Nebraska’s Equine Herpesvirus-1 Quarantine Lifted

The affected horse has recovered, and none of the 30 exposed horses became ill.
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Nebraska’s Equine Herpesvirus-1 Quarantine Lifted
The voluntary quarantine in Washington County, Nebraska, has been lifted after the attending veterinarian determined that the affected horse has recovered and none of the 30 other exposed horses have become ill. | Photo: iStock
A voluntary equine herpesvirus-1 (EHV-1) quarantine in Washington County, Nebraska, has been lifted after the attending veterinarian determined that the affected horse has recovered and none of the 30 other exposed horses have become ill.

On Feb. 4, the 8-year-old Quarter Horse mare began showing clinical signs of fever and lethargy and subsequently tested positive on Feb. 6.

EHV 101

Herpesvirus is highly contagious among horses and can cause a variety of ailments in equids, including rhinopneumonitis (a respiratory disease usually found in young horses), abortion in broodmares, and equine herpesvirus myeloencephalitis (EHM, the neurologic form).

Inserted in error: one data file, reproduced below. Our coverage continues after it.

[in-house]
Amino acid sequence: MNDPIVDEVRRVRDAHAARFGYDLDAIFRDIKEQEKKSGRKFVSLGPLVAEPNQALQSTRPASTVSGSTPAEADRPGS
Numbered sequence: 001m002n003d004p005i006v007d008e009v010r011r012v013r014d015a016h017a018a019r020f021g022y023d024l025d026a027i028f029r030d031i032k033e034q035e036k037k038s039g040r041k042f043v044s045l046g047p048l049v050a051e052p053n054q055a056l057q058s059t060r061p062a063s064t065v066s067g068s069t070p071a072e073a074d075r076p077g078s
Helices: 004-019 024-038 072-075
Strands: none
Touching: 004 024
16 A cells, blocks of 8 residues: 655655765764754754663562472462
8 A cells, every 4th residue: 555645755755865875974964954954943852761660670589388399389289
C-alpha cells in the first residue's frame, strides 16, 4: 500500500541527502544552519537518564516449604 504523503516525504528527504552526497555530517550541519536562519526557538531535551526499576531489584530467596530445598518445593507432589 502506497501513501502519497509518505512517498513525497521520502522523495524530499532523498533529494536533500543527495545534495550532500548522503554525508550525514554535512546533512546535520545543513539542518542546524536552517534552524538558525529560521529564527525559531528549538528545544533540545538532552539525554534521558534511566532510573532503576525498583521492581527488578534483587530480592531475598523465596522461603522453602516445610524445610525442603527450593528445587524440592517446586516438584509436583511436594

In many horses, the first or only sign of EHV-1 infection is fever, which can go undetected. In addition to fever, other common signs of EHV-1 infection in young horses include cough, decreased appetite, depression, and a nasal discharge. Pregnant mares typically show no signs of infection before they abort, and abortions usually occur late in gestation (around eight months) but can be earlier. Abortions can occur anywhere from two weeks to several months following infection with EHV-1

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